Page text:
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Sunday, March 25, 2007

Weird scenes from above

Some observations about the infamous "D.C. Pentagram" 

The DC pentagram has attracted the attention of conspiracy theorists claiming it is further proof of a Freemasonic and/or Satanic conspiracy within the U.S. Government. Laws of Silence does not subscribe to these theories, but as it has an interest in the apparent intersection of occult imagery and politics, further investigation was made. True enough, the pentagram is defined by points which have at least some Masonic connection. Make of that what you will.

The Location of the Pentagram

Dupont and Logan Circles form the two leg-points of the pentagram.

The lines are traced up 15th St. and Connecticut Avenue where they are broken at K St. by Farragut and McPherson Squares. 

The lines pick back up but are broken again at LaFayette Park. 

The two lines, if continued, form the tip of the star--which on a North-oriented map is inverted--at the center of the White House. 

K St. forms the bar of the pentagram and culminates at Washington Circle and Mt. Vernon Square. From Mt. Vernon the line rejoins Dupont Circle via Massachussetts Avenue.

The star is incomplete. From Logan Circle, Rhode Island Ave. seeks to complete the pentagram, but it stops, leaving the left arm incomplete from where RI meets Connecticut (connect it cut?) until Washington Circle.

Incidentally, Penn. Ave., New Hampshire Ave, New York Ave. and P St. form a near perfect pentagon around the star, but from Logan to Mt. Vernon, the opposite of the broken arm, it is unfinished.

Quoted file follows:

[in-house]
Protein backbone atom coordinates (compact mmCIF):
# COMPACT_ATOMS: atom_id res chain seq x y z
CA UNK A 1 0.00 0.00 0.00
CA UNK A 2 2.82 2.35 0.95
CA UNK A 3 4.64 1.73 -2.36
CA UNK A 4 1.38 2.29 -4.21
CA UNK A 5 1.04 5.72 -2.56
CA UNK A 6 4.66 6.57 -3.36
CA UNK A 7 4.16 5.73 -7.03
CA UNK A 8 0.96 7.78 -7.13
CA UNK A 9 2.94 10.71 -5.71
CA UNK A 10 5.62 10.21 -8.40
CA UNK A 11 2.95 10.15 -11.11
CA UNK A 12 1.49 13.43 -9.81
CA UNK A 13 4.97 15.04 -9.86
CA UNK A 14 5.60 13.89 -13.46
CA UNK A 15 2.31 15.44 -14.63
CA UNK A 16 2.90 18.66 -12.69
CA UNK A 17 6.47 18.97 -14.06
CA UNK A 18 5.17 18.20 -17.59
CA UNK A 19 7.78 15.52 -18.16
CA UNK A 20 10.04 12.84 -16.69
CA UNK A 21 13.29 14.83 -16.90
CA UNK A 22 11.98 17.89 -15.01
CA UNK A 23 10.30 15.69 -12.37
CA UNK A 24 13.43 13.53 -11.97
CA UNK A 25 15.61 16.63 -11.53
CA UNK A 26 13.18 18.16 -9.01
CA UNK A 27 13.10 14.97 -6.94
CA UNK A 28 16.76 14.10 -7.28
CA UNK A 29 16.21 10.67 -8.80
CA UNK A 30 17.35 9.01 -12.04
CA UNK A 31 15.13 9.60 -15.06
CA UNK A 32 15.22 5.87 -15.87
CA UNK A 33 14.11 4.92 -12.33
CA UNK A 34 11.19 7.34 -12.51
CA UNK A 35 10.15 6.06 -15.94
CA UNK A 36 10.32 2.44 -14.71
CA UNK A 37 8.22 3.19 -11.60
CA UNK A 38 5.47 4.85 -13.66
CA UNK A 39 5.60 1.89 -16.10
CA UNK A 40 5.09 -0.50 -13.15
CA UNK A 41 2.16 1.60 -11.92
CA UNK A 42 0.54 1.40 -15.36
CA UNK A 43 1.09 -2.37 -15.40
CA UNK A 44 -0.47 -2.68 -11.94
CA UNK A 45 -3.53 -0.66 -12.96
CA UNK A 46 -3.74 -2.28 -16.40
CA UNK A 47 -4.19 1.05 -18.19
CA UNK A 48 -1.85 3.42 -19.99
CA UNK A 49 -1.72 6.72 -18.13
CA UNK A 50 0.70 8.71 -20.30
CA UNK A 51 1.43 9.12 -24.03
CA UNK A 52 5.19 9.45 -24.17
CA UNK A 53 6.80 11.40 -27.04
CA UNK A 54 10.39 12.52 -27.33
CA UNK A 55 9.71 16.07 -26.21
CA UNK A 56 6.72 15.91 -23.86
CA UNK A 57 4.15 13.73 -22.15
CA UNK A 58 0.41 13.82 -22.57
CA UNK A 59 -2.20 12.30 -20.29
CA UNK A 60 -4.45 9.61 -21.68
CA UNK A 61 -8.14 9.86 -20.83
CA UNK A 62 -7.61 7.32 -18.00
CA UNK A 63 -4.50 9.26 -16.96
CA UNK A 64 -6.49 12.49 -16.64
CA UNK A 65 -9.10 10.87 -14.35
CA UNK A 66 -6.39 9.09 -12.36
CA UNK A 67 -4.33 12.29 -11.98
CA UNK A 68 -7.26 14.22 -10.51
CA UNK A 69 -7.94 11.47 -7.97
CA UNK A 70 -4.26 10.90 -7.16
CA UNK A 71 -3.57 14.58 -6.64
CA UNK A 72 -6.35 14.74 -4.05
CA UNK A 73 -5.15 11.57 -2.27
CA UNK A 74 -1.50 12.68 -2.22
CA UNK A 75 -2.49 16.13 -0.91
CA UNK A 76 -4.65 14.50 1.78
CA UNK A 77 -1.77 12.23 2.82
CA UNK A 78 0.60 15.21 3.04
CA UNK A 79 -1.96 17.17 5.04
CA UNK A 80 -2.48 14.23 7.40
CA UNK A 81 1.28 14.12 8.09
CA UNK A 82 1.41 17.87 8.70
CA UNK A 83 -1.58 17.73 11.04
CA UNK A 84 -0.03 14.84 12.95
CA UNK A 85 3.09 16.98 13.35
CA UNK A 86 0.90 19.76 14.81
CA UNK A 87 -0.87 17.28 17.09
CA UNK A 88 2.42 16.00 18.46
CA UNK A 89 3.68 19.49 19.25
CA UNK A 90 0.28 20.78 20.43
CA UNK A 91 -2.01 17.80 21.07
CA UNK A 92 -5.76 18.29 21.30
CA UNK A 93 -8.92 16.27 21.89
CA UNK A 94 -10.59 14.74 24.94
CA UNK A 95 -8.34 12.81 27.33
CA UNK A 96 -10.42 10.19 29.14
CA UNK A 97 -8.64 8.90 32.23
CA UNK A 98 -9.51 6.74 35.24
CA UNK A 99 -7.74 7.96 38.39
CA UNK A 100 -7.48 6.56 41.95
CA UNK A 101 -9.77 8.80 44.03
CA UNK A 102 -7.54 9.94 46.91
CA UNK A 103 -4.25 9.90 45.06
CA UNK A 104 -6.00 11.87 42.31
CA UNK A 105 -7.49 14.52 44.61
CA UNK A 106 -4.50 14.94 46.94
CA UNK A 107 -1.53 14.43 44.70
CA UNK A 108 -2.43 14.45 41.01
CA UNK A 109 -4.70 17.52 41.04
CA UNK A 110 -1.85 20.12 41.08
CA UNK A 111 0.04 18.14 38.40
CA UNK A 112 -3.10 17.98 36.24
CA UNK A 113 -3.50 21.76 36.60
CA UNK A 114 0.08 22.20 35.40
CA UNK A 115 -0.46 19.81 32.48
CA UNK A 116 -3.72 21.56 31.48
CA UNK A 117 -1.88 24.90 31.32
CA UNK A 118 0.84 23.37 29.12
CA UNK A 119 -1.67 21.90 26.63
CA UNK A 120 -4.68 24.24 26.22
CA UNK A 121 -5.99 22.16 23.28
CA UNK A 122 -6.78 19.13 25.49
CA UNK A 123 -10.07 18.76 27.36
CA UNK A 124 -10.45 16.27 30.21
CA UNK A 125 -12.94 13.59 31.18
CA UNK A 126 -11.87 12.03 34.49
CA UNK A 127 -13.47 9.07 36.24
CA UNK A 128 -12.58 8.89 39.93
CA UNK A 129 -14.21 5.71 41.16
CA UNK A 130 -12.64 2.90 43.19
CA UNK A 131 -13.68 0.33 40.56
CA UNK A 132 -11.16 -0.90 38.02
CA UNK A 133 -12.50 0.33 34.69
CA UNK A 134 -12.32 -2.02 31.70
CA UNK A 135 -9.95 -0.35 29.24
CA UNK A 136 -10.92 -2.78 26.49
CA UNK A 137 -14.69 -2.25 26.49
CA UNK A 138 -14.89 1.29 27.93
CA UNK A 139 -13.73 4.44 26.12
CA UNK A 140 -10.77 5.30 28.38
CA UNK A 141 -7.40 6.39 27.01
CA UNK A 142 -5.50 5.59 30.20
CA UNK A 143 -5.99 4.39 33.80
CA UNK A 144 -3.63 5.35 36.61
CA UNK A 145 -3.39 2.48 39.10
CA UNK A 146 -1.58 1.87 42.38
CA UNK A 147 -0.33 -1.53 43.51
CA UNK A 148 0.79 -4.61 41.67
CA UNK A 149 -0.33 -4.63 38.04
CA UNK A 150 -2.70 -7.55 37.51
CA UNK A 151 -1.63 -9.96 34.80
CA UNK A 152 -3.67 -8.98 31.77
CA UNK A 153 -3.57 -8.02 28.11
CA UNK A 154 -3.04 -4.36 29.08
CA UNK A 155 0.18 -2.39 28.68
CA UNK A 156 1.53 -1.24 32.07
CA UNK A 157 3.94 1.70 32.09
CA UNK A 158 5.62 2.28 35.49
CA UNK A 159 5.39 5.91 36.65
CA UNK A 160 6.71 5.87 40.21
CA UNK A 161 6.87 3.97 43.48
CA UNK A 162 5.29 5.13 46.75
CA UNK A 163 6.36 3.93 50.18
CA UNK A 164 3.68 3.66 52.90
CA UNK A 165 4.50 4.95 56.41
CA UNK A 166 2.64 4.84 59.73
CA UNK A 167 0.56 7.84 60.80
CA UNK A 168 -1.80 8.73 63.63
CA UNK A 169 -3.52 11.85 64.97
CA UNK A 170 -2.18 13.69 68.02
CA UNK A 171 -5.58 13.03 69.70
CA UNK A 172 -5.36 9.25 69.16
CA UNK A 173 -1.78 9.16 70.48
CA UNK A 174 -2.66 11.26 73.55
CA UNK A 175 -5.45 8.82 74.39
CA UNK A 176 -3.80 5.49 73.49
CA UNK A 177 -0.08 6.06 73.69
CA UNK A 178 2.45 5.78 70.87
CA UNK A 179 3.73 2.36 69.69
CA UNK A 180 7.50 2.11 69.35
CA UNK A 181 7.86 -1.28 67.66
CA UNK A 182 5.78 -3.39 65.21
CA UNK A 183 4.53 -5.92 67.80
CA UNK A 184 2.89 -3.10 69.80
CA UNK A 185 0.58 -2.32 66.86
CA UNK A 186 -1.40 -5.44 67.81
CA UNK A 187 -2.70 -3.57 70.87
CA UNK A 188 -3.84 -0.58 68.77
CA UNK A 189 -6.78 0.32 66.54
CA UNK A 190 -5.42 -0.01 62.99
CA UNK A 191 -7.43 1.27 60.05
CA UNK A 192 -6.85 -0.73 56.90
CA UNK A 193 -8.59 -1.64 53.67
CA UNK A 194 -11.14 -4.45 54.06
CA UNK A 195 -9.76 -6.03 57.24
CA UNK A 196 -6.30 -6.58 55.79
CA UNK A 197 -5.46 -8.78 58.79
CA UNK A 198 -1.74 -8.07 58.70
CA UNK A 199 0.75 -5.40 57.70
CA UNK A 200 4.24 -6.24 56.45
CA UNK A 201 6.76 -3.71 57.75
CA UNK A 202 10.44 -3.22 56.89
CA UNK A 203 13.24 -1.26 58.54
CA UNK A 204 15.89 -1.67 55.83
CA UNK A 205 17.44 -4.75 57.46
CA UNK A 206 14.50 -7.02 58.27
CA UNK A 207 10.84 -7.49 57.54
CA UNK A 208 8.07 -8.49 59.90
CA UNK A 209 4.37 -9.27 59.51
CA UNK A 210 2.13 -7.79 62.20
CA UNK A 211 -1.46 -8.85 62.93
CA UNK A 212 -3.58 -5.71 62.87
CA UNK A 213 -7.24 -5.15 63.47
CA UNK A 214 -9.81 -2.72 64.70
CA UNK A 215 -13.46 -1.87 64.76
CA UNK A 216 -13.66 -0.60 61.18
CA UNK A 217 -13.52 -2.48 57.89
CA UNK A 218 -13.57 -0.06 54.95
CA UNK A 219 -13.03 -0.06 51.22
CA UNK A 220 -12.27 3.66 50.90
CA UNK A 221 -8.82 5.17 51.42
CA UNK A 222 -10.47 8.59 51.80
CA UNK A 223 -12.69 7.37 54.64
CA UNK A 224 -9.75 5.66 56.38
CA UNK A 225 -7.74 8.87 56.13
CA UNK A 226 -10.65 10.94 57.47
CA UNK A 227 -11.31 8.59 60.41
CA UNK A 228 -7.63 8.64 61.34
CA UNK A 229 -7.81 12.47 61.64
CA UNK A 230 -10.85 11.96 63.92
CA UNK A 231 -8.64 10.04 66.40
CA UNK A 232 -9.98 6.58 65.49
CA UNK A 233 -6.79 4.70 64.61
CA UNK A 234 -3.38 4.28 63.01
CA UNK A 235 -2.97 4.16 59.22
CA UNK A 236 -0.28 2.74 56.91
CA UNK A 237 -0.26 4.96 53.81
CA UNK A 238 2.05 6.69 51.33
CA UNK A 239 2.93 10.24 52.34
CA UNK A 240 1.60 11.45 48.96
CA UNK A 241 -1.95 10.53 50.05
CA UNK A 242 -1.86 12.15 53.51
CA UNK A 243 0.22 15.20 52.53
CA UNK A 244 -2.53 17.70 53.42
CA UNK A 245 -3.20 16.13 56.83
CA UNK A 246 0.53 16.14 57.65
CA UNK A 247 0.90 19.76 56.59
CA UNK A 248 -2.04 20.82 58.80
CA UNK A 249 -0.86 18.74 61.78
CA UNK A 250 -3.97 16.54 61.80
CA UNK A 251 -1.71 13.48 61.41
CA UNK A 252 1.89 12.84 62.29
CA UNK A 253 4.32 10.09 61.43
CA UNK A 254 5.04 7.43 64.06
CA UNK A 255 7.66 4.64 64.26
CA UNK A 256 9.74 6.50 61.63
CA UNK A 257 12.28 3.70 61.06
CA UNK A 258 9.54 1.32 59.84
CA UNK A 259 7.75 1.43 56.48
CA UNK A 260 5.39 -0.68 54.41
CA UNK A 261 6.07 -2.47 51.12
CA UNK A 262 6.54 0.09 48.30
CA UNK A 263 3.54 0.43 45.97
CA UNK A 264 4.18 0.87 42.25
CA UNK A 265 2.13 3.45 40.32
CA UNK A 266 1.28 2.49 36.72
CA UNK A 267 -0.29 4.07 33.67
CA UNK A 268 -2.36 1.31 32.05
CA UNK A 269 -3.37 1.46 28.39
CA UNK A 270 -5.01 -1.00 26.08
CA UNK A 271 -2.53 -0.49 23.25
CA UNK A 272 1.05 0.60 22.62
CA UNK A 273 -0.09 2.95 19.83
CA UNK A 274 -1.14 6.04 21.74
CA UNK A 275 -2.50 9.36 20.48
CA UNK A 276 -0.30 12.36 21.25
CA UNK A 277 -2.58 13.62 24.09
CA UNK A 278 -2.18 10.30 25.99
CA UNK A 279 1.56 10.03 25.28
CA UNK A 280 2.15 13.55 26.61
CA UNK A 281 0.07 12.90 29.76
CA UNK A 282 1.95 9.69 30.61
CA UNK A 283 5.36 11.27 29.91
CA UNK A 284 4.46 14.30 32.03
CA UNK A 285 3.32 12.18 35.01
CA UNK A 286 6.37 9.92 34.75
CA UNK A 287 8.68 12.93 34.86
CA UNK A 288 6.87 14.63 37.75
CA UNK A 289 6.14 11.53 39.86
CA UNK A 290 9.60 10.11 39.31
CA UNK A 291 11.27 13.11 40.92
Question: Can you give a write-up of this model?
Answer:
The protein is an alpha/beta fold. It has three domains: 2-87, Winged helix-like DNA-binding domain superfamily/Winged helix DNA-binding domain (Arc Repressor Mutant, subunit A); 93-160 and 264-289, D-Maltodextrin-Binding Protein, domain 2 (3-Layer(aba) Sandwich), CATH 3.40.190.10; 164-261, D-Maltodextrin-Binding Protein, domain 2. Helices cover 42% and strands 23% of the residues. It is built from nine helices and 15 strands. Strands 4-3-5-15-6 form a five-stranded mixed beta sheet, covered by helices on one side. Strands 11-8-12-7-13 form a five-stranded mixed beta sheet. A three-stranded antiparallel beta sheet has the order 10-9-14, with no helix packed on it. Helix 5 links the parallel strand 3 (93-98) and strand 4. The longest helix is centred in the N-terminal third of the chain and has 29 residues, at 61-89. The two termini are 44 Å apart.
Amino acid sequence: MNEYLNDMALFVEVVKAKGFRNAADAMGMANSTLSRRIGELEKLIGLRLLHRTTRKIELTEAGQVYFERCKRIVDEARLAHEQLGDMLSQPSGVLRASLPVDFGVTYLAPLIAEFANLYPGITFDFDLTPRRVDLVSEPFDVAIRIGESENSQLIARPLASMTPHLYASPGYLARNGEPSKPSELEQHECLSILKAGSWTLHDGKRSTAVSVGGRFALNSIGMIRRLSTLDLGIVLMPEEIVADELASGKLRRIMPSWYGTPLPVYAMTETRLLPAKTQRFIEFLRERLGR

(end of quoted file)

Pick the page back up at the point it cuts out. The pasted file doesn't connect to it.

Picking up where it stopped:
Masonic Elements
Where 16th St.--which bisects the pentagram right down the middle--meets P St.--the base of the Pentagon--there is a Masonic Temple which serves as the HQ of the Southern Jurisdiction of the Scottish Rite.
Washington Circle is bisected by 23rd St. General George Washinton was an active Freemason.
Mt. Vernon Square rests just north of I (Eye) St. (The "Eye" is included on maps of DC) Mt. Vernon was Washington's home.
David G. Farragut (First Admiral of the Navy) and the Marquis de LaFayette were also Freemasons.
Logan Circle is Bisected by 13th St. General John A. Logan, a Civil War hero, was made a Mason in Benton Lodge No. 64, Illinois.
Lieutenant General Winfield Scott, whose circle lies at the crotch of the pentagram was not only a Freemason, but was invited to Cuba by a group of Freemasons, inspired by the events of 1848, to lead an insurrection against the Spanish. Scott died in 1849 before the plot could be carried out, shortly after having been transferred to Texas.
Rear Admiral Samuel Francis DuPont came from a family of wealth, power and Freemasonic and (allegedly) Illuminist connections. The DuPont family had a prominent role in building DC.
Was Major Brigadier General James Birdseye McPherson a Freemason?

(Top) A beautiful drawing of the National Mall from the McMillan Plan (1901), said by many to be based upon the Sephiroth, or Kabbalistic Tree of Life.
(Bottom) Pierre L'Enfant drew his "Plan of the City of Washington," between March 1791 and February 1792. Although many websites claim L'Enfant was a Freemason, there is no evidence to that effect.

"As far as I have been able to check in the past several years, Sandusky [Ohio] is the only city in the world originally laid out on Masonic symbols." (Go)

Today, the square and compasses are barely visible, as this contemporary map demonstrates. Unlike the D.C. Pentagram, it doesn't really jump out at the looker. With all the talk about the strange geometry of D.C., it's surprising this hasn't caught on yet.

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